‘First Spring’ Chapter One - Liang Shaoji & Yang Fudong (solo)
Date 2021.03.12-2021.04.18...closed
Opening 2021.03.12, Friday
Venue ShanghART Gallery (Beijing)
(261 Cao Chang Di Old Airport Road, Chaoyang District, Beijing)
Artist Liang Shaoji, Yang Fudong

Synopsis

Opening on 12 March, 2021, the first chapter of our special project ‘First Spring’ will present a work of the same name by Yang Fudong, and ‘Sound of Heart’, a work by Liang Shaoji.
Continuing the consistent non-linear narratives in Yang Fudong's work, ‘First Spring’ was completed in 2010 using 35mm black and white film. It reveals a series of incredible daily encounters between figures from different countries and times in the prosperous Old Shanghai. This film creates a psychedelic, interlaced world, while its subtle greyish tone suggests the confusion and alienation related to urban reality. However, the paradoxical sense of dreams is actually the illusion that occurs during filming in the studio. As Yang Fudong said, “The early spring is like an uncertain state when the sun is about to rise. The plants in the soil have sprouted; it’s not about breaking up the soil, but about the inner surge.”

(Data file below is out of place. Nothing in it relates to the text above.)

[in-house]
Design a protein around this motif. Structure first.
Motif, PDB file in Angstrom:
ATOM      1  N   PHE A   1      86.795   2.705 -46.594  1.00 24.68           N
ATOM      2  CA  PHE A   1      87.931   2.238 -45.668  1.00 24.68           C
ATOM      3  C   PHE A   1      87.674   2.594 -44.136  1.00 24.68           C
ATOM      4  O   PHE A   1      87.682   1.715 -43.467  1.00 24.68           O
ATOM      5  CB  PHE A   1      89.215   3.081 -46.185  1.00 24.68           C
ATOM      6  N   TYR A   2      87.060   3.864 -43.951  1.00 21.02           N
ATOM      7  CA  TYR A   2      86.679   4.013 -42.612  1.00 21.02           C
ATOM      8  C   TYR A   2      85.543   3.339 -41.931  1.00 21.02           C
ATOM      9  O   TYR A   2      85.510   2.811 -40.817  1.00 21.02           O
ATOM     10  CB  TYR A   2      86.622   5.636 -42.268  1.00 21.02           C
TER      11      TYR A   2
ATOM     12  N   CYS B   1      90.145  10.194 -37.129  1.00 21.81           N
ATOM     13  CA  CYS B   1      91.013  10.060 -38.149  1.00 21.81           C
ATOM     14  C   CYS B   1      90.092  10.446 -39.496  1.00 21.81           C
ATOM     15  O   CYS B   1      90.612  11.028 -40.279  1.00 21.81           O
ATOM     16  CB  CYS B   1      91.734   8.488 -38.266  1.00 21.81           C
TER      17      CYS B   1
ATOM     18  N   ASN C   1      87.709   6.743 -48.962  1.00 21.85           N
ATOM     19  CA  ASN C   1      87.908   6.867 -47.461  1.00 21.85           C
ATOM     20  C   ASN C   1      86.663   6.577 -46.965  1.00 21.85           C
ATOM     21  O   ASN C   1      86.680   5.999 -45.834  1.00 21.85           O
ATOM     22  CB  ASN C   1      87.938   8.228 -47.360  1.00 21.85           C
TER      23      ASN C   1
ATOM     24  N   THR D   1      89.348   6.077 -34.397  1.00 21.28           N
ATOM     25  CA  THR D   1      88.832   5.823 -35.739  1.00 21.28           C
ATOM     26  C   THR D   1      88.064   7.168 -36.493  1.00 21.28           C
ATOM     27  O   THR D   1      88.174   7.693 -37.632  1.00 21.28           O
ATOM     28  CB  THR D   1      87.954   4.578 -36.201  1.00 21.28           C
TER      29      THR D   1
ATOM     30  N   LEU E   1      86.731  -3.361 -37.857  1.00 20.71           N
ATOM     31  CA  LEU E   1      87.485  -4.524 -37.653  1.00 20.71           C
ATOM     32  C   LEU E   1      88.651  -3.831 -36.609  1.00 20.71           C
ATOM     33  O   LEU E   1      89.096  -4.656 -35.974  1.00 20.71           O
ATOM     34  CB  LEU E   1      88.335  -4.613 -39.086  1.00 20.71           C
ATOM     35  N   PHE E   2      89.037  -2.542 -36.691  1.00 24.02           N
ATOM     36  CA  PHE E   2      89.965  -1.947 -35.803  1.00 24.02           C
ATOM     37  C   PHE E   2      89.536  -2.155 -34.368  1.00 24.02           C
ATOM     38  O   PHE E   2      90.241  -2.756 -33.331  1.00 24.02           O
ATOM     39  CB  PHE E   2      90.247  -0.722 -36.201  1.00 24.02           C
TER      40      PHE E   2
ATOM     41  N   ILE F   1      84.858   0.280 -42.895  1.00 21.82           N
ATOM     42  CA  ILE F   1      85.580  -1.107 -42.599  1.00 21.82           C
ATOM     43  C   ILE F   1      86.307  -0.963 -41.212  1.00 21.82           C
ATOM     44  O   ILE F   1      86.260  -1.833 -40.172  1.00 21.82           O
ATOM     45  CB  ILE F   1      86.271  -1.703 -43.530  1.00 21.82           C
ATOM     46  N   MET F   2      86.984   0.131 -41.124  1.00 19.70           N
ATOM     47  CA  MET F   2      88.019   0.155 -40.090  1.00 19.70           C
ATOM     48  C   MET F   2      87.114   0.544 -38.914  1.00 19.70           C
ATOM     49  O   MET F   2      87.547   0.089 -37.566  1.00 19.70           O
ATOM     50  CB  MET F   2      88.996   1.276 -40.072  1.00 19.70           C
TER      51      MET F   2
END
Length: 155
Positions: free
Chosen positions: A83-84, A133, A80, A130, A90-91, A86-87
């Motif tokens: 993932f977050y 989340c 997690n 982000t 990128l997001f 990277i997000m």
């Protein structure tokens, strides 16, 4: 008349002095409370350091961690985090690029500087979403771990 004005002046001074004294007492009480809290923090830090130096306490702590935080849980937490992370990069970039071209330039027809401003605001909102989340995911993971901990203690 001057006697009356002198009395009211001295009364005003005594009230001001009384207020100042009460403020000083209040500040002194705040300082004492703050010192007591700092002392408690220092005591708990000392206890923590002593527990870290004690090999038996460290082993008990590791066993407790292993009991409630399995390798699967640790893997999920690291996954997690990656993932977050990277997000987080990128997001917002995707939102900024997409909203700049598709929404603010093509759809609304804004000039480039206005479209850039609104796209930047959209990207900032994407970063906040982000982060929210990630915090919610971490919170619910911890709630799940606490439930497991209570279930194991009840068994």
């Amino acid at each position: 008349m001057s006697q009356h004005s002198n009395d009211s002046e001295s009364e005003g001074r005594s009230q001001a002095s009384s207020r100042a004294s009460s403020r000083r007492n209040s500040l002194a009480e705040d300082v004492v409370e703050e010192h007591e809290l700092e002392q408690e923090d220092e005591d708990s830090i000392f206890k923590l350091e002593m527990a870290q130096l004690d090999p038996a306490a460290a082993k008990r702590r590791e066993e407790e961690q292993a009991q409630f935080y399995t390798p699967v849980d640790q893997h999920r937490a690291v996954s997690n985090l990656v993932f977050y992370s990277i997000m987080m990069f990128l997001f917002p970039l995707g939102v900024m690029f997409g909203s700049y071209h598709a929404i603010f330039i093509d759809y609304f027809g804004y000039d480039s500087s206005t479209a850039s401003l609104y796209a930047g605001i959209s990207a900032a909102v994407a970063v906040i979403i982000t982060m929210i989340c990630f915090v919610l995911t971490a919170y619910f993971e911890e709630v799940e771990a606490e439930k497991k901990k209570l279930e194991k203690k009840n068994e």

Likewise, Liang Shaoji describes the inner surge as ‘the ineffable sound of soul’ in his 2014 large-scale space installation ‘Sound of Heart’. This work allows us to experience a heavenly sound, which is created by ‘nothingness’, and more specifically refers to the sound that nature emits without any human activity. For instance, Tao Yuanming’s stringless Guqin might be simply a piece of wood, resembling the shape of Guqin without any strings. It cannot produce any actual music, but when hung up or placed beside a common Guqin, it can still transmit profound implications, namely ‘the ineffable sound of soul’.
The rows of cut bamboos appear to be pan flutes that might start to sound at any moment. They rise up in a particular order like various syllables, while their colours—green, yellow or black—imply different tones. A ‘silent’ sound echoes throughout the exhibition space.
Whether the treatment of material and colour or the presentation of content, both works demonstrate a strong sense of traditional Chinese aesthetics and philosophies. In terms of working methods, they also open up a multi-dimensional discussion on modernity and extensibility. Juxtaposed together in the exhibition, two different types of works naturally form some sort of visual and spiritual unity.